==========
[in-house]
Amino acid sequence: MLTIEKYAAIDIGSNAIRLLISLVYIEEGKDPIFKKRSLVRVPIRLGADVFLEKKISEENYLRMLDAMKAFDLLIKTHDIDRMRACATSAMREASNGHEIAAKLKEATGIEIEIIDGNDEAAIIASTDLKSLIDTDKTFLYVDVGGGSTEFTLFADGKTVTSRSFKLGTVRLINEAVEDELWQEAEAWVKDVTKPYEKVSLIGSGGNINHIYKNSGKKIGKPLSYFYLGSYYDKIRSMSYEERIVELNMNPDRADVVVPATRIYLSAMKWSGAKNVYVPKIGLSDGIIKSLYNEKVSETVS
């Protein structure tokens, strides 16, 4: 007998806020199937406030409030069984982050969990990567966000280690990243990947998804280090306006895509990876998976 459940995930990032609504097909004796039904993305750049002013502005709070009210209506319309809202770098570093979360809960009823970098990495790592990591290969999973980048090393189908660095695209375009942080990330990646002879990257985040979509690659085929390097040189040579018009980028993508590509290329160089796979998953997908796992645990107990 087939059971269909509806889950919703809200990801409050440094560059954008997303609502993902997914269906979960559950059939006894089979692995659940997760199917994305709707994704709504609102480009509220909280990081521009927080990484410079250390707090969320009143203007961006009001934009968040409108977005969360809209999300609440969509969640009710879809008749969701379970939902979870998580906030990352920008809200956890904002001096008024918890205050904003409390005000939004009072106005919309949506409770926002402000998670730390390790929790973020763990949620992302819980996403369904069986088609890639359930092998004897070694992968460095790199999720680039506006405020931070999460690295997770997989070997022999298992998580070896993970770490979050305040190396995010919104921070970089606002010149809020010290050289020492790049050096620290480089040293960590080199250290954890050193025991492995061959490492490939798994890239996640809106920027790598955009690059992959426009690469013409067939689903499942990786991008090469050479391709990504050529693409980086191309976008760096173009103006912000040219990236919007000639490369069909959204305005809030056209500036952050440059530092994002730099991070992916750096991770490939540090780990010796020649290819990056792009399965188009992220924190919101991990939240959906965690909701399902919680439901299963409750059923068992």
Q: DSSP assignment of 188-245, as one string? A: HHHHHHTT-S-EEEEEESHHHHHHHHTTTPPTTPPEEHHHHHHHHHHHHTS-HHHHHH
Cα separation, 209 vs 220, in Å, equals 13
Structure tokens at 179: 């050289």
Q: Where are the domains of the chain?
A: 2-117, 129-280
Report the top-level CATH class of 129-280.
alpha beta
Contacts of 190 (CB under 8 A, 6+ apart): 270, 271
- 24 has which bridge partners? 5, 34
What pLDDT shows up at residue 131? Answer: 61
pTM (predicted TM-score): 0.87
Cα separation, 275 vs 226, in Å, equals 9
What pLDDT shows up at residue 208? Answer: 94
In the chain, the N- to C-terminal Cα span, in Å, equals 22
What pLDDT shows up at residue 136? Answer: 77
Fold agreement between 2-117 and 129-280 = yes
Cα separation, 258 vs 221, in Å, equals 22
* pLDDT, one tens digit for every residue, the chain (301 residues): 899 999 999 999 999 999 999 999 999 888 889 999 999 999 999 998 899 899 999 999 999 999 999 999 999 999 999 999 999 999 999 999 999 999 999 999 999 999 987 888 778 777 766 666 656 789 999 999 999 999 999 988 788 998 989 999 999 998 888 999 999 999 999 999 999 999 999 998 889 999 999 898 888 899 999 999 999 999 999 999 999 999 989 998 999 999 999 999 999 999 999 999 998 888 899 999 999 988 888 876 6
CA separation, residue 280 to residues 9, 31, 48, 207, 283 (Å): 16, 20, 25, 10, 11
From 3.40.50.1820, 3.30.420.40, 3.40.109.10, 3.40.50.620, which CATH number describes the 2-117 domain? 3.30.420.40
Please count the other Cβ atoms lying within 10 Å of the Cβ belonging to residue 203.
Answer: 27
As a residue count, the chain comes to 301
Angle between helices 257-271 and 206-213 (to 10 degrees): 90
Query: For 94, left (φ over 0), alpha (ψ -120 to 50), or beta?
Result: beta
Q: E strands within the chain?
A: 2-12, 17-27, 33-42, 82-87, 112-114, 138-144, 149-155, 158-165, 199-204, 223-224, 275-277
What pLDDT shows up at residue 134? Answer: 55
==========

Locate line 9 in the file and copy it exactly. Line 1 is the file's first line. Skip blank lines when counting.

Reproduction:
Report the top-level CATH class of 129-280.